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The UK government says that cutting-edge medicines, diagnostic tools and digital services will be made available on the national health service (NHS) more quickly as a result of improvements to the Accelerated Access Collaborative.
The AAC, which was set up in 2018 to speed up access to ground-breaking products for conditions like cancer, dementia and diabetes, is to become the new “umbrella organization for UK health innovation.”
It will act as the “front door” for innovative companies seeking to have their products funded by the NHS, and will “provide support to overcome barriers that can prevent the best medical innovations from reaching patients,” the government said. A new unit will be established in NHS England and NHS Improvement, led by Sam Roberts, NHS England’s director of innovation, as chief executive.
The revamped AAC was announced on 2 May by health minister Nicola Blackwood, who said: “I want the NHS to be at the forefront of cutting-edge treatments and medical innovations – but often it can take too long for products to get from the bench to the bedside.”
She said the AAC would now be able to speed up this process “so patients and the NHS can be the first in the world to benefit from the most transformative technologies and treatments as part of our Long Term Plan.”
In its new incarnation, the AAC is intended to implement a system that can identify the best new innovations, “make sure the NHS is ready to make use of them,” and help the service adopt clinically and cost-effective innovations more quickly, the government said.
It will also set up a “globally leading testing infrastructure” that allows innovators to “generate the evidence they need to get their products into the NHS.”
These moves will complement efforts that have already been made to bring the NHS into the “horizon scanning” system and ensure that it is prepared for highly innovative products coming down the pipeline so that they can be made available to patients as quickly as possible, as part of the new voluntary pricing and access scheme that took effect at the beginning of this year. (Also see "ABPI Exec Lauds Innovation And Access Provisions In New UK Voluntary Scheme" - Pink Sheet, 29 Apr, 2019.)
Other objectives of the revamped AAC are:
To provide a single point of call for innovators working inside or outside the NHS, so that they can “understand the system and where to go for support.”
To signal the needs of clinicians and patients “so innovators know which problems they need to solve.”
To oversee a health innovation funding strategy that “ensures public money is focused on the areas of greatest impact for the NHS and patients.”
Blackwood presented the changes at today’s conference of the Association of the British Pharmaceutical Industry, one of the member organizations of the AAC. Speaking ahead of the event, ABPI CEO Mike Thompson said: “This is a real step forward in making sure UK patients get the latest breakthrough treatments. It sends a clear message that the UK intends to build an innovation-led economy alongside a more productive, innovation-ready NHS. We fully support Sam Roberts in making this a huge success that will change the lives of patients in the UK.”
How The AAC Works
According to health technology assessment body NICE, which hosts the AAC’s secretariat, key areas of interest for the collaborative include products that have evidence of clinical and cost effectiveness, address a significant unmet need, treat large populations or have a high budget impact, or enable a novel mode of action or “significant changes to the care pathway.”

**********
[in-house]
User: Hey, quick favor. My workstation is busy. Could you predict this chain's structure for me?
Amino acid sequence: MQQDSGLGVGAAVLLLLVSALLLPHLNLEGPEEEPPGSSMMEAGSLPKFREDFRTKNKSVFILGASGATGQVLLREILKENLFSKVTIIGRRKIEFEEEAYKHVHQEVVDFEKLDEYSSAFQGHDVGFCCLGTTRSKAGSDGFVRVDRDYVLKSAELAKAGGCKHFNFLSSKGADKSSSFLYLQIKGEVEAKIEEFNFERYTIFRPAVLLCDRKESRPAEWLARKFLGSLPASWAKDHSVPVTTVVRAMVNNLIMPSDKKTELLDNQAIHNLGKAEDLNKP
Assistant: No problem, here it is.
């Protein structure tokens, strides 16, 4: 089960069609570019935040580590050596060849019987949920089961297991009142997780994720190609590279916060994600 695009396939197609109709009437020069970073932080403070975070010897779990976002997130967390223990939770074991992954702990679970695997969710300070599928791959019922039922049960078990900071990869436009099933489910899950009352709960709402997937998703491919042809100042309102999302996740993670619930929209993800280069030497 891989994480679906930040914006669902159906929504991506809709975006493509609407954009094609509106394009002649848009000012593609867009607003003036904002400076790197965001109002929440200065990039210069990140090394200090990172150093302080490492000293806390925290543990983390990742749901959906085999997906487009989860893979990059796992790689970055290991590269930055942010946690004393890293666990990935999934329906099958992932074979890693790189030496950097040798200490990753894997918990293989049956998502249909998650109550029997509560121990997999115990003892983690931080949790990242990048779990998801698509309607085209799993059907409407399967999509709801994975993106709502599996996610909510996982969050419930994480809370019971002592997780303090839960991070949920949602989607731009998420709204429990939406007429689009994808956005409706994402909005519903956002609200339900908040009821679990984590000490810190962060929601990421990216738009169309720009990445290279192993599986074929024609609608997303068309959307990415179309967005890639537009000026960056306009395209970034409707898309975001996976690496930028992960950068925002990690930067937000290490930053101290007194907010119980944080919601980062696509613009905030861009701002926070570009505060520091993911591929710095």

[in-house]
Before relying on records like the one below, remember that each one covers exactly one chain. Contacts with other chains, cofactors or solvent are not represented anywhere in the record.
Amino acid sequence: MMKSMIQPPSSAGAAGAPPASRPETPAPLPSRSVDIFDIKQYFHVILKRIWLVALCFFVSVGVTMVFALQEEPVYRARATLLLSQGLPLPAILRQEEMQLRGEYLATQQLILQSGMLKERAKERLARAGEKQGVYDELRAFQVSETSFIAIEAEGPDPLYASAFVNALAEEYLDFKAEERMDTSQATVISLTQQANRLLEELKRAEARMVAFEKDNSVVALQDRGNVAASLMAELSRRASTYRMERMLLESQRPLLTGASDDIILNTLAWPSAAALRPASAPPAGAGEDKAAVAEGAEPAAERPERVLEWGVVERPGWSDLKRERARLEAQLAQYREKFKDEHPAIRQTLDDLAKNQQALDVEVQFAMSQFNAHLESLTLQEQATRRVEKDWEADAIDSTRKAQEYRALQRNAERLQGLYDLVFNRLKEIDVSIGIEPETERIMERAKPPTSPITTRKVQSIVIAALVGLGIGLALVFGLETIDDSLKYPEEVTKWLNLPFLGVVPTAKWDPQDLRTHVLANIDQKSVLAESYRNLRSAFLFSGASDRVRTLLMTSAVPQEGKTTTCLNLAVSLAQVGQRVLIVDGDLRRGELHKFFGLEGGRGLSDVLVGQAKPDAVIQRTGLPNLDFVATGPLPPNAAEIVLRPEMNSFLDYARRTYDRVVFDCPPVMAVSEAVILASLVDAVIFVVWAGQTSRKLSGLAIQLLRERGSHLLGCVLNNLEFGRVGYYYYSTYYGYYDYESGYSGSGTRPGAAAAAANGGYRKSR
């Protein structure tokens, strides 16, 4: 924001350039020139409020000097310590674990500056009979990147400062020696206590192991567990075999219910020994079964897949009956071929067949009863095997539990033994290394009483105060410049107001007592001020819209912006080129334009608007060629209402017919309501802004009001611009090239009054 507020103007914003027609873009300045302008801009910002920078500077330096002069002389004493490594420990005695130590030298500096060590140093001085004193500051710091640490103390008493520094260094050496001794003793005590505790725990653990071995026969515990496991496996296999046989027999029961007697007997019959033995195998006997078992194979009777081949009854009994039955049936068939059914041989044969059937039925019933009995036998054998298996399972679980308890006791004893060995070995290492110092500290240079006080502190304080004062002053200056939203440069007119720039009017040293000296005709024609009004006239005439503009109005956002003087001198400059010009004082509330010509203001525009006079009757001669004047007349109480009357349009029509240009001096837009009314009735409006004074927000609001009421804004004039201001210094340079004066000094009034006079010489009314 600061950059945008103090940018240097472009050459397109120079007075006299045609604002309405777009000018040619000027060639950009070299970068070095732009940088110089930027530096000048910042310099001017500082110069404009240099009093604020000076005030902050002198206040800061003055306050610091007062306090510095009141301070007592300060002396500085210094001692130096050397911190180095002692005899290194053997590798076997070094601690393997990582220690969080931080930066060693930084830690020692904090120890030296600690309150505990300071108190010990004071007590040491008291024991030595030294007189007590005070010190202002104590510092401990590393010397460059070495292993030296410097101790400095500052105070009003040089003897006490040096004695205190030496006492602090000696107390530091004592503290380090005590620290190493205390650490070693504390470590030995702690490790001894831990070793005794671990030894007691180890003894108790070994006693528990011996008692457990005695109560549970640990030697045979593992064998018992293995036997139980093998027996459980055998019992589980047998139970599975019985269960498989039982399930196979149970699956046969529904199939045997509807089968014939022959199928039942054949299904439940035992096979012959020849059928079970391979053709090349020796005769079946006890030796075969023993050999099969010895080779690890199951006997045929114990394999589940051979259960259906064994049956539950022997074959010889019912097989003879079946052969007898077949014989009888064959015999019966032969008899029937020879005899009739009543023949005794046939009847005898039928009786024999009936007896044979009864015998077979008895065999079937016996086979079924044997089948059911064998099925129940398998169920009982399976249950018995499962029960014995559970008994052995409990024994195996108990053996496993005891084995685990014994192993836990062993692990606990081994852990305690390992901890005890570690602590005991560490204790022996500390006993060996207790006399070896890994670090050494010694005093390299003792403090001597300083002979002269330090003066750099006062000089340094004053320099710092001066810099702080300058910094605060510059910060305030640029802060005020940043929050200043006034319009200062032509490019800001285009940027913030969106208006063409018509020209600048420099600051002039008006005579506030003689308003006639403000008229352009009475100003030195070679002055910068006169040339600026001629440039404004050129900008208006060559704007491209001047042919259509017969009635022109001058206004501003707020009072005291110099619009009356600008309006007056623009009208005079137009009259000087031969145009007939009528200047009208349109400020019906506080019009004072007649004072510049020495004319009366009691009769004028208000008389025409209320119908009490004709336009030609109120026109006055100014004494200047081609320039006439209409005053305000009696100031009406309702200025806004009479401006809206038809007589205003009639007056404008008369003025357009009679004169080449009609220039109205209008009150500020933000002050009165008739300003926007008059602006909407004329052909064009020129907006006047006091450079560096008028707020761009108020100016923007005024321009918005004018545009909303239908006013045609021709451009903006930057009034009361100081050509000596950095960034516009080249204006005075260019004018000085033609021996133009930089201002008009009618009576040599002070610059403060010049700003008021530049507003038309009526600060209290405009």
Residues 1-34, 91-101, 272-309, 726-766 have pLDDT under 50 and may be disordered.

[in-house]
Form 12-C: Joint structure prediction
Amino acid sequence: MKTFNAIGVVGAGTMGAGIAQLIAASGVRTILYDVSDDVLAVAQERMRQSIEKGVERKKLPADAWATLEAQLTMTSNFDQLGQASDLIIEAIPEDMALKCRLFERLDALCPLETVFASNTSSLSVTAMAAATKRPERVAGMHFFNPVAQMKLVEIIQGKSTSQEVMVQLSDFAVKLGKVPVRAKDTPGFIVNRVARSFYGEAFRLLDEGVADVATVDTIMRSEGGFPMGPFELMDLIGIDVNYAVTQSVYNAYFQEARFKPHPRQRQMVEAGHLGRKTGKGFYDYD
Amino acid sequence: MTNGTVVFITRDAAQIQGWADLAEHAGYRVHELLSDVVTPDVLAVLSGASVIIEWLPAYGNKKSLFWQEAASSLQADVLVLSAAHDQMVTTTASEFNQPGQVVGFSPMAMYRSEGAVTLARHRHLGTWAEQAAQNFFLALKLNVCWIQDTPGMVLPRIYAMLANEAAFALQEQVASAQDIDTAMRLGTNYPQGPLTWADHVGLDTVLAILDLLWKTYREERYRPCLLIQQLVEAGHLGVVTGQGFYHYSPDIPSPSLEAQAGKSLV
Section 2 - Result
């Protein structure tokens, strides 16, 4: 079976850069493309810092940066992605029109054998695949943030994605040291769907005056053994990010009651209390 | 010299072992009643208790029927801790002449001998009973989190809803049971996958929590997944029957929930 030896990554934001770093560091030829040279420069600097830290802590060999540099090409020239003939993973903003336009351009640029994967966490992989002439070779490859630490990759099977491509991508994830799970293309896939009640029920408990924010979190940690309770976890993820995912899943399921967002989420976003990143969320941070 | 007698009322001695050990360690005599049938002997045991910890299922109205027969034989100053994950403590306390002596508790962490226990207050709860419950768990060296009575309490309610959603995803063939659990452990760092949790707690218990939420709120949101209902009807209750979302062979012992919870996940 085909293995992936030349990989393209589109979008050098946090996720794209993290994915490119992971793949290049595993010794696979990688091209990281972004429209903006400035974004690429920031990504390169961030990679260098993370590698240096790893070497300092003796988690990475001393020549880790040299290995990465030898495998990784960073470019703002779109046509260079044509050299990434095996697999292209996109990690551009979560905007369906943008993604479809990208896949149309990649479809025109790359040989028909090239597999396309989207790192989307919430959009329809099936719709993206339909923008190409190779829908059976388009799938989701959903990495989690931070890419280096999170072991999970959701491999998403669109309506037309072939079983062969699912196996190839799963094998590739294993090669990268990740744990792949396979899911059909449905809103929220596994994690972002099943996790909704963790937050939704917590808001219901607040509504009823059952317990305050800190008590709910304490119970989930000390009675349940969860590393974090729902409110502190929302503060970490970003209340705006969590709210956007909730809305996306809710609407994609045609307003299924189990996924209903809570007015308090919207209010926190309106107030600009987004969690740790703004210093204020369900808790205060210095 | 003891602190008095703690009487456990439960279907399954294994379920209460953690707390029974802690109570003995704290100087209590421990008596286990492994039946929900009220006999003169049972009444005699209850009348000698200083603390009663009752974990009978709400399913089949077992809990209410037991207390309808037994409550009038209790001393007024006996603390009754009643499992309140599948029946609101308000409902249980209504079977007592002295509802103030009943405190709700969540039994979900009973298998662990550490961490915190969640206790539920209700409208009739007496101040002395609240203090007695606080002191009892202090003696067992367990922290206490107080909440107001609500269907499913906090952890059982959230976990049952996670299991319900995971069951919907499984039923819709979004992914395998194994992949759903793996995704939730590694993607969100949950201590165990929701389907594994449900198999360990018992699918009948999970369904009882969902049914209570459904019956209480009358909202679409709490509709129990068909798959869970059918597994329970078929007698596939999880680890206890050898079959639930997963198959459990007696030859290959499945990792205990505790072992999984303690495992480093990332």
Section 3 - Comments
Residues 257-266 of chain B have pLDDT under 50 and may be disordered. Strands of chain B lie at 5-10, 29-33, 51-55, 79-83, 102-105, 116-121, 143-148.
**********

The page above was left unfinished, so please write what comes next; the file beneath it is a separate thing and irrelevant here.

Products designated as high potential will receive additional support, advice and direction from the AAC, with a “tailored package of support with dedicated case management,” NICE says. This support includes running processes in parallel, generating real-world evidence, the potential for flexible commercial arrangements, and pathway transformation to drive adoption of products by the NHS.
Last year, the AAC identified 12 “rapid uptake” products in seven high-potential technology areas that were to be made available more quickly to enable patients with conditions such as cancer, heart disease and multiple sclerosis to gain early access to them. NHS England said that these products “could improve the lives of around 500,000 patients and save the NHS up to £30m.”
They are as follows:
HeartFlow Inc's HeartFlow Analysis for estimating fractional flow reserve from coronary CT angiography.
Roche Diagnostics' Elecsys immunoassay and Quidel's Triage PIGF test for early diagnosis of suspected pre-eclampsia.
Roche Diagnostics' Elecsys Troponin and Abbott Diagnostics' Architect STAT for early ruling out of myocardial infarction.
MAST Diagnostics' OC Sensor, Alpha Laboratories' HM-JACKarc and Sysmex's FOB Gold fecal immunochemical tests for colorectal cancer.
Teleflex's Urolift device for relieving painful urinary tract symptoms of benign prostatic hyperplasia.
Sanofi’s alirocumab and Amgen’s evolocumab for primary hypercholesterolemia and mixed dyslipidemia.
Merck’s Mavenclad (cladribine) for highly active relapsing-remitting multiple sclerosis.
The AAC was launched last year in response to the independently chaired Accelerated Access Review published in 2016, with the aim of making the process of getting transformative technologies to patients quicker, cheaper and easy for both innovators and the NHS.
Its member organizations include the ABPI, the BioIndustry Association, the Association of Medical Research Charities, NHS England, the UK medtech industry group, the Association of British HealthTech Industries, and the Academic Health Science Networks (AHSN).
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